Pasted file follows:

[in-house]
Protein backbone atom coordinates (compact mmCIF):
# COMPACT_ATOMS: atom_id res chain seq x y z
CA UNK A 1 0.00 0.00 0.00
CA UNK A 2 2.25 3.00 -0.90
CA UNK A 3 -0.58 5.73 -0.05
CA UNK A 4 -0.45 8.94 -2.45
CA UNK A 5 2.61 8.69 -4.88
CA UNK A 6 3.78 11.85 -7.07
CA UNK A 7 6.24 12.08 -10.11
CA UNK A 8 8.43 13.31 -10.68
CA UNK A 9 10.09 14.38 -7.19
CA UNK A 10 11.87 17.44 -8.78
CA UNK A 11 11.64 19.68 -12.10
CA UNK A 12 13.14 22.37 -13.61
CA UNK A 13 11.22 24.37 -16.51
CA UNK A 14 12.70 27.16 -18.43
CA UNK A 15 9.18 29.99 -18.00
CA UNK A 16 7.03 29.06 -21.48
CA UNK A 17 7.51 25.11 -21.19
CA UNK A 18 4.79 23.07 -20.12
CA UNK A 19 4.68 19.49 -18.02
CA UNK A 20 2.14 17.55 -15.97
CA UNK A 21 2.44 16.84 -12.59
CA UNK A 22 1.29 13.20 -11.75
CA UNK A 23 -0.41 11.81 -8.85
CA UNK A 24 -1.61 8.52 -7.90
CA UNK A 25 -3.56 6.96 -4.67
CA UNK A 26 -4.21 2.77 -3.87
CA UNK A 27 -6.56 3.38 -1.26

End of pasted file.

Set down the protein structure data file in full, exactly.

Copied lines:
[in-house]
Protein backbone atom coordinates (compact mmCIF):
# COMPACT_ATOMS: atom_id res chain seq x y z
CA UNK A 1 0.00 0.00 0.00
CA UNK A 2 2.25 3.00 -0.90
CA UNK A 3 -0.58 5.73 -0.05
CA UNK A 4 -0.45 8.94 -2.45
CA UNK A 5 2.61 8.69 -4.88
CA UNK A 6 3.78 11.85 -7.07
CA UNK A 7 6.24 12.08 -10.11
CA UNK A 8 8.43 13.31 -10.68
CA UNK A 9 10.09 14.38 -7.19
CA UNK A 10 11.87 17.44 -8.78
CA UNK A 11 11.64 19.68 -12.10
CA UNK A 12 13.14 22.37 -13.61
CA UNK A 13 11.22 24.37 -16.51
CA UNK A 14 12.70 27.16 -18.43
CA UNK A 15 9.18 29.99 -18.00
CA UNK A 16 7.03 29.06 -21.48
CA UNK A 17 7.51 25.11 -21.19
CA UNK A 18 4.79 23.07 -20.12
CA UNK A 19 4.68 19.49 -18.02
CA UNK A 20 2.14 17.55 -15.97
CA UNK A 21 2.44 16.84 -12.59
CA UNK A 22 1.29 13.20 -11.75
CA UNK A 23 -0.41 11.81 -8.85
CA UNK A 24 -1.61 8.52 -7.90
CA UNK A 25 -3.56 6.96 -4.67
CA UNK A 26 -4.21 2.77 -3.87
CA UNK A 27 -6.56 3.38 -1.26